Diploma path to psychology a good fit for Nic
Nic Laughlin, 26, had finished the first couple of units of e-business and philosophy degrees at university before finding his calling in psychology. He took the one-year diploma pathway to undergraduate study at the Australian College of Applied Psychology (ACAP) and is on-track to complete his Bachelor of Psychological Science next May.
“I was unsure of myself after university, so the counselling diploma provided a great start. I’d had an interest in psychology for a long while. This contrasted heavily to starting the e-business degree at university,” said Nic.
Starting with counselling was a good fit to Nic’s personality, as well as matching his ambition to take on psychology in the future.
“I’ve always had an interest in trying to help people,” he said.
“I viewed myself as having a strong sense of empathy and being good with words. I initially thought of starting with the degree but was not confident enough. I thought the counselling diploma would provide a smoother transition and also a clear pathway to a psychology degree.”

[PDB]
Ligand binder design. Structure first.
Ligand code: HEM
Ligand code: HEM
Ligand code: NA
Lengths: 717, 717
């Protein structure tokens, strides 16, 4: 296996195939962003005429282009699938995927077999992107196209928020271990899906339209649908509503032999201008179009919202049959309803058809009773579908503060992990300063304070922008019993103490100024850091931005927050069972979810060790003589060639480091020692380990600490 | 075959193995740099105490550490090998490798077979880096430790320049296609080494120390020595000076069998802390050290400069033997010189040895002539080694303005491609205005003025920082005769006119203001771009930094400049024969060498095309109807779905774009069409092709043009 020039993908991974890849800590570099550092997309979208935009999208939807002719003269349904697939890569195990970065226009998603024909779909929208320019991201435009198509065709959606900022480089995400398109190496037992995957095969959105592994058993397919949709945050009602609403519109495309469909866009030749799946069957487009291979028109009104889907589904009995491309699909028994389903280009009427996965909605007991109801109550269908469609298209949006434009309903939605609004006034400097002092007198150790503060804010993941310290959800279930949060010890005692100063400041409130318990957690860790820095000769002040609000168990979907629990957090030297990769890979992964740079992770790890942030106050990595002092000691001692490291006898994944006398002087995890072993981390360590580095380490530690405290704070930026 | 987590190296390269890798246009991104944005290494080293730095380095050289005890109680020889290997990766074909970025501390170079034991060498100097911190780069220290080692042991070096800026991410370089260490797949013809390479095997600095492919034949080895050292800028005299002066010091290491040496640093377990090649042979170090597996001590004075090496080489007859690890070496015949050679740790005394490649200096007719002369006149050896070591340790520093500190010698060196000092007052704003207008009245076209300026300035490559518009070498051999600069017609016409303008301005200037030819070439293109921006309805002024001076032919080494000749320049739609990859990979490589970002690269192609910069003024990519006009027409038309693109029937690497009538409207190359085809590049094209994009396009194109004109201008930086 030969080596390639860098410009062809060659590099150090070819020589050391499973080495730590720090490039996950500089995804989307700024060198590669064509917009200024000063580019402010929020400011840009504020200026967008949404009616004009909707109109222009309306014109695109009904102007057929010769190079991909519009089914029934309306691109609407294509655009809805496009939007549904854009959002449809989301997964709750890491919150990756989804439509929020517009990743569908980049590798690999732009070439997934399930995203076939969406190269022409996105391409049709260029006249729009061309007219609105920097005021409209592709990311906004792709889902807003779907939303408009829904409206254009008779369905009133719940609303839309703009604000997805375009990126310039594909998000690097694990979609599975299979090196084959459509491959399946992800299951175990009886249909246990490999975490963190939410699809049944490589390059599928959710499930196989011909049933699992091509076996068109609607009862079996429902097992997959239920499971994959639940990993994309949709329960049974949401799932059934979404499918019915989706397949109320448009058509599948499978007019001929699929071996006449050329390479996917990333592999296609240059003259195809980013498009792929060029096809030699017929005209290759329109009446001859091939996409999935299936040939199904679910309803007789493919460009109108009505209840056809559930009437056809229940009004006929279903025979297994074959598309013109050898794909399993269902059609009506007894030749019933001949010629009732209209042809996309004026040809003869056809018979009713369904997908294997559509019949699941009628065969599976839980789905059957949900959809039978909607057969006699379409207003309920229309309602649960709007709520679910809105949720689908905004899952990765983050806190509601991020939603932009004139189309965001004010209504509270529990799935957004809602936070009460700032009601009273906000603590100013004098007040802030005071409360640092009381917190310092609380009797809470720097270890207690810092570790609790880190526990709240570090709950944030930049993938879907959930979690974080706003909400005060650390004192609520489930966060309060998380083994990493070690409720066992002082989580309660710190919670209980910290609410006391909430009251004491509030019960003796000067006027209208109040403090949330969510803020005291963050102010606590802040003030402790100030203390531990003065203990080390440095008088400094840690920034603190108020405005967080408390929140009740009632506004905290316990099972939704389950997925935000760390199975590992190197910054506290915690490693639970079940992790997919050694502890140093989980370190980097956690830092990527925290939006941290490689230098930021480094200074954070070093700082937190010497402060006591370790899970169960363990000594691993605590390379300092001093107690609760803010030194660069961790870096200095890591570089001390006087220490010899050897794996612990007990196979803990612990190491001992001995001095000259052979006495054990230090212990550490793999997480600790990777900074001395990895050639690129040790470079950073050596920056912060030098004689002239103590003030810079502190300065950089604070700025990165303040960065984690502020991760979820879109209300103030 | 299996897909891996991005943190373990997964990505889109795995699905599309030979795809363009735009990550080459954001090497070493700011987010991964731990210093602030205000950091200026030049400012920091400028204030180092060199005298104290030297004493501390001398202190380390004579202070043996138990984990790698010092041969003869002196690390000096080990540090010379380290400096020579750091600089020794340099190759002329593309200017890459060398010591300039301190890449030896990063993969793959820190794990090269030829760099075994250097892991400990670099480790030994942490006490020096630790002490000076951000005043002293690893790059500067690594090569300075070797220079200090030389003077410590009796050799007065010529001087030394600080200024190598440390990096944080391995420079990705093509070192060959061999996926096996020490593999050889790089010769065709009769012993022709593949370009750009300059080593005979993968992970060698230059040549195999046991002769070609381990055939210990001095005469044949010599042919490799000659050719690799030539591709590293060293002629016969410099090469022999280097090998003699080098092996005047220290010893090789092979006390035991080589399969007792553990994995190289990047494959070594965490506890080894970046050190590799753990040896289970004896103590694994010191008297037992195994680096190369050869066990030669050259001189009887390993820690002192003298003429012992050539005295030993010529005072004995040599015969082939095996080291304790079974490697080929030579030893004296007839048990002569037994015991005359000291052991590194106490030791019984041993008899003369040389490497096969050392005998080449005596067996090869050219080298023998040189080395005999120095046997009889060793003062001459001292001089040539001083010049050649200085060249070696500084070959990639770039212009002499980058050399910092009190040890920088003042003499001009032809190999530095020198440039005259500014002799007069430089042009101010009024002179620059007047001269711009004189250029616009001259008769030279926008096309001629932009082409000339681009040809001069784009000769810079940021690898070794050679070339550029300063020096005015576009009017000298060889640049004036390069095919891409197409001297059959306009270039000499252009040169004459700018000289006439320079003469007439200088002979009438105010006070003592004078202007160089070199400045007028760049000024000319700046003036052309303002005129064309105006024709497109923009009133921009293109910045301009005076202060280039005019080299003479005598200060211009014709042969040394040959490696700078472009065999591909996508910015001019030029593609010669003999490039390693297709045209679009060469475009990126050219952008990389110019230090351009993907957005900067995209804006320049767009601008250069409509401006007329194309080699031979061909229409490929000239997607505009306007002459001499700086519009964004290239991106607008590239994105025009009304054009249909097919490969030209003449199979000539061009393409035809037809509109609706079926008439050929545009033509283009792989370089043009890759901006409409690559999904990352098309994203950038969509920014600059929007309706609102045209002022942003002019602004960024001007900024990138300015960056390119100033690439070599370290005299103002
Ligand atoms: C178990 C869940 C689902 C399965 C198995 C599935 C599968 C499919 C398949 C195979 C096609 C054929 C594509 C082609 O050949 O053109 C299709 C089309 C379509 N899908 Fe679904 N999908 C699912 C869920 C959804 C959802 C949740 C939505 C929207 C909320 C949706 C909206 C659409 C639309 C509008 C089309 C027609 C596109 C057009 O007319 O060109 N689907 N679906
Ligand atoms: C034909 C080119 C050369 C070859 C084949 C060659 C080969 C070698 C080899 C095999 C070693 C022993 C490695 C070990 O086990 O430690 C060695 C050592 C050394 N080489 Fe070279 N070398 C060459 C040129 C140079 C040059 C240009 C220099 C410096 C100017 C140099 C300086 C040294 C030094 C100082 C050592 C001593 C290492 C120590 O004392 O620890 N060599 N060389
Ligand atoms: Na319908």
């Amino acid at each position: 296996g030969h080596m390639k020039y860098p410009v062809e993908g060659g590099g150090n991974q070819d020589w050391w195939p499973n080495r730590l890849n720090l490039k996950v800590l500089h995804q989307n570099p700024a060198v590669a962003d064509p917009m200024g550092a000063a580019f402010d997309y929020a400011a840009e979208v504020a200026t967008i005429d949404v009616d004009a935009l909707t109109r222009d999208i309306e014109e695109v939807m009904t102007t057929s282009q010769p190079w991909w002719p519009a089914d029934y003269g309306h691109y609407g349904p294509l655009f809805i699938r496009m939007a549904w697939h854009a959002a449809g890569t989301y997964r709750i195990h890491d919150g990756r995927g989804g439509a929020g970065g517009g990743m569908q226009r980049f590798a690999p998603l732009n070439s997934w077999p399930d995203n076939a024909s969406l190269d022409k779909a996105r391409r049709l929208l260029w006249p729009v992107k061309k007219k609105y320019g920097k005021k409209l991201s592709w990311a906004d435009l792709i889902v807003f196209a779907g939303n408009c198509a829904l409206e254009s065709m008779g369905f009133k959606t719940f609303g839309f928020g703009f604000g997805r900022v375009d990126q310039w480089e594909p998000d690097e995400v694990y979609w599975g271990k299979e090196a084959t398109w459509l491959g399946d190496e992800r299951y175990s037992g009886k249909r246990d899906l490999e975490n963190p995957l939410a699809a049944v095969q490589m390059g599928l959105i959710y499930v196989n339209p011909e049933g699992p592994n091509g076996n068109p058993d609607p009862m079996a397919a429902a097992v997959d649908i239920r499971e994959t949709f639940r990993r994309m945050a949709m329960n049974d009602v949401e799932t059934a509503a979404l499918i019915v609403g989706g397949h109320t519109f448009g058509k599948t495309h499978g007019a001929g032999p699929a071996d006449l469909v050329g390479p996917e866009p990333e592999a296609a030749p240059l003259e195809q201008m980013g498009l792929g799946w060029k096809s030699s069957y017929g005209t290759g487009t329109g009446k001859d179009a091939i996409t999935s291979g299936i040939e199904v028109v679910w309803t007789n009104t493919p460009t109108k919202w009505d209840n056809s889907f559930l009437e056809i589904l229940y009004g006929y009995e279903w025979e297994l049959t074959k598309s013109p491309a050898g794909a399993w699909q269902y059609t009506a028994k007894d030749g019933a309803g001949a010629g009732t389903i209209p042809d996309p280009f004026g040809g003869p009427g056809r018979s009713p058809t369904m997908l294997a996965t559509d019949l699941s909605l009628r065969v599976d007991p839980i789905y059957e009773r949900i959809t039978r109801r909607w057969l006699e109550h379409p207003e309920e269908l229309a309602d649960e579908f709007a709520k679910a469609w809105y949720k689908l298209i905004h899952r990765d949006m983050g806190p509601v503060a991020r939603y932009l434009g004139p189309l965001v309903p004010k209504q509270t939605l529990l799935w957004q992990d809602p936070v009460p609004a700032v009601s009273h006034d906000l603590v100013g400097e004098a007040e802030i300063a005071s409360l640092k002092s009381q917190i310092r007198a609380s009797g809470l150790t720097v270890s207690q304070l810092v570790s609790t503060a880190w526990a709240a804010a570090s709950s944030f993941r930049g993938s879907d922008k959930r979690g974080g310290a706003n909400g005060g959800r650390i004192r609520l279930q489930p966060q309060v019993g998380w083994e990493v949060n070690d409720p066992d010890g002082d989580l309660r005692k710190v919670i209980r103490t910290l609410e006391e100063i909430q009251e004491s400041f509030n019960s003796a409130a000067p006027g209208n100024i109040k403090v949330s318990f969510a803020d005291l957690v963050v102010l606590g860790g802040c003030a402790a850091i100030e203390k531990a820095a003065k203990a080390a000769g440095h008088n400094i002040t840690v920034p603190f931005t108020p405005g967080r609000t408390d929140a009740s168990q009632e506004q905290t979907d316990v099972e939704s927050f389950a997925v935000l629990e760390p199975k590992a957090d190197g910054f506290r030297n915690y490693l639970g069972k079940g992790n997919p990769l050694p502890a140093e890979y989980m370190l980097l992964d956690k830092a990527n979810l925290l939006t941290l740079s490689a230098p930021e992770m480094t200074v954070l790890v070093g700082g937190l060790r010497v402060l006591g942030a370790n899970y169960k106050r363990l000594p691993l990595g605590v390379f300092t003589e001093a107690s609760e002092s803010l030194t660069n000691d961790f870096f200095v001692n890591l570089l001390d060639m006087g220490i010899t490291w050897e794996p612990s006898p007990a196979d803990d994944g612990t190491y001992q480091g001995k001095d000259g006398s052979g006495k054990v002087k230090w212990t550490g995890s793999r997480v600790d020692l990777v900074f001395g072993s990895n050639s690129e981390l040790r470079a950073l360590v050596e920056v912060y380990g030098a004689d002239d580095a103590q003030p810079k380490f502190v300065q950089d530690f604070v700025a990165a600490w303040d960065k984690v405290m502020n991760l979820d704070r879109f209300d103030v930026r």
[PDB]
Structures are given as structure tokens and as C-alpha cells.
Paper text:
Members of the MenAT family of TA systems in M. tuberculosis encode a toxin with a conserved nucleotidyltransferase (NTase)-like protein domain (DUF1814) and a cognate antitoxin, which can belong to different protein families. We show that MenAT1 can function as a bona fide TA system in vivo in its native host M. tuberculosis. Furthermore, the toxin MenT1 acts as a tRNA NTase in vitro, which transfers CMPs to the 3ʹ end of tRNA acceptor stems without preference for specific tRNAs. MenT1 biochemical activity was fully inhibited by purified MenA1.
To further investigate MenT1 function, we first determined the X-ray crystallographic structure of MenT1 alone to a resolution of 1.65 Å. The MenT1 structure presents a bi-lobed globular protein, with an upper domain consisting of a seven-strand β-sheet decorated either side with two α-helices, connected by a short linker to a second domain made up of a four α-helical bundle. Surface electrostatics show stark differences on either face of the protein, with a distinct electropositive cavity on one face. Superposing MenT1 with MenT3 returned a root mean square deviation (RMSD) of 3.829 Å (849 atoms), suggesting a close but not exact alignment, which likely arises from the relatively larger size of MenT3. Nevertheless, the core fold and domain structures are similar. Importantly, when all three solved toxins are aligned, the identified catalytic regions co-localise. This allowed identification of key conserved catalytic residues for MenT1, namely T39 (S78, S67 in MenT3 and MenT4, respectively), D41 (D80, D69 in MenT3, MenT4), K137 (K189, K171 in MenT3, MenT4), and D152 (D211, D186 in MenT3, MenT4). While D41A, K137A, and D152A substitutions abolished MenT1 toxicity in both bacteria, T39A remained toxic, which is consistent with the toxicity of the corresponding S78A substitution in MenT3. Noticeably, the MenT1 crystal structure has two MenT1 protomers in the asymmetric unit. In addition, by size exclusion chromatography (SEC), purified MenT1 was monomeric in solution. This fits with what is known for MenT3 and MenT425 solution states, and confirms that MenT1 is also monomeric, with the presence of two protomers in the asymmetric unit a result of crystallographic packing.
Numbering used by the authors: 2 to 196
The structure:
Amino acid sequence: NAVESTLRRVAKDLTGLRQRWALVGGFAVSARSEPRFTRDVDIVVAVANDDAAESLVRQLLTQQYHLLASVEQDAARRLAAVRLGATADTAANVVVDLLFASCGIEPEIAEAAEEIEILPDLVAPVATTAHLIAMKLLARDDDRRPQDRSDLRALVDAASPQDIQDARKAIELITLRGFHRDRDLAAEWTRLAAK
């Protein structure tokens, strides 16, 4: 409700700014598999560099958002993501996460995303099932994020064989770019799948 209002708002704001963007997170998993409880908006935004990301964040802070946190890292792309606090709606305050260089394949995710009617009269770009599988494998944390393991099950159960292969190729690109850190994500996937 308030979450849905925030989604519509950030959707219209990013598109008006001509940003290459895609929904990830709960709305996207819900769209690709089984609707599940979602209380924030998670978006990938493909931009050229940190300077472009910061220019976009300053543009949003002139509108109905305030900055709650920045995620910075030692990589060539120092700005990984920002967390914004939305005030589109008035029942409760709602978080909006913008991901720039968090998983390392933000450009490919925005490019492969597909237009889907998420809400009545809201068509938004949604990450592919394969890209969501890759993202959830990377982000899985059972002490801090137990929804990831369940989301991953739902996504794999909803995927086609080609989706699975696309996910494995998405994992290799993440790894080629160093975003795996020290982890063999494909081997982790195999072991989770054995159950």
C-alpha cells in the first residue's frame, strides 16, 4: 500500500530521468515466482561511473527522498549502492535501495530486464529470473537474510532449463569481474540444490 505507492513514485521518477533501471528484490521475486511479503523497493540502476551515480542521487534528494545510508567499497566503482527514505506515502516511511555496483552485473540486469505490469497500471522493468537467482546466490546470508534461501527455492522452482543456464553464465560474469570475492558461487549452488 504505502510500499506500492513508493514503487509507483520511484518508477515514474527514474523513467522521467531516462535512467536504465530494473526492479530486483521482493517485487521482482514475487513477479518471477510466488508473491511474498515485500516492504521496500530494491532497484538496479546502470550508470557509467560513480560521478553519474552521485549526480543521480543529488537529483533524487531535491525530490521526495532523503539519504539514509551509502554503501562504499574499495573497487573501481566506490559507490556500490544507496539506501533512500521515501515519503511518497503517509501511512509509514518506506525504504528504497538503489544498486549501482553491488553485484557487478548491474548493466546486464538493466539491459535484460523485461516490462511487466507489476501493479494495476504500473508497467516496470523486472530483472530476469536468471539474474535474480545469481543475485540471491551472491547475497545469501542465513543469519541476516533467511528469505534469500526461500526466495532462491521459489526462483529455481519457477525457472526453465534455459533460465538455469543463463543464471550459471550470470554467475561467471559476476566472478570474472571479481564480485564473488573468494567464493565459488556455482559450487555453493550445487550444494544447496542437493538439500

Earning his diploma bolstered Nic’s determination and inspired him to train as a Lifeline telephone counselling volunteer. The experience in crisis support and suicide prevention led to a paid part-time role for Nic during his full-time studies.
“I was volunteering at Lifeline three nights a week. After the six-month probation, I requested a transfer to the overnight paid shifts. I’m a night owl so this was a great fit. It has been fantastic to work at Lifeline alongside studying my Psychology Degree,” he said.
With one trimester to go before graduating, Nic is happy with his choice of College and pathway, for the learning environment and the options open to him in the future.
“My experiences of ACAP exceeded my early expectations. The main highlights were the community feel and support I experienced. Essentially, I felt like a name, not a number, part of the community, not outside of it. This was the key to getting me to stay motivated and complete my studies,” he said.
“With my Diploma of Counselling, Bachelor of Psychological Science and three years of paid work at Lifeline, I hope to secure full-time employment. I plan to work in counselling for a few years to find out what works for me, then see if continuing my education is the right thing to do. It depends on where the opportunities around employment take me.”Tweet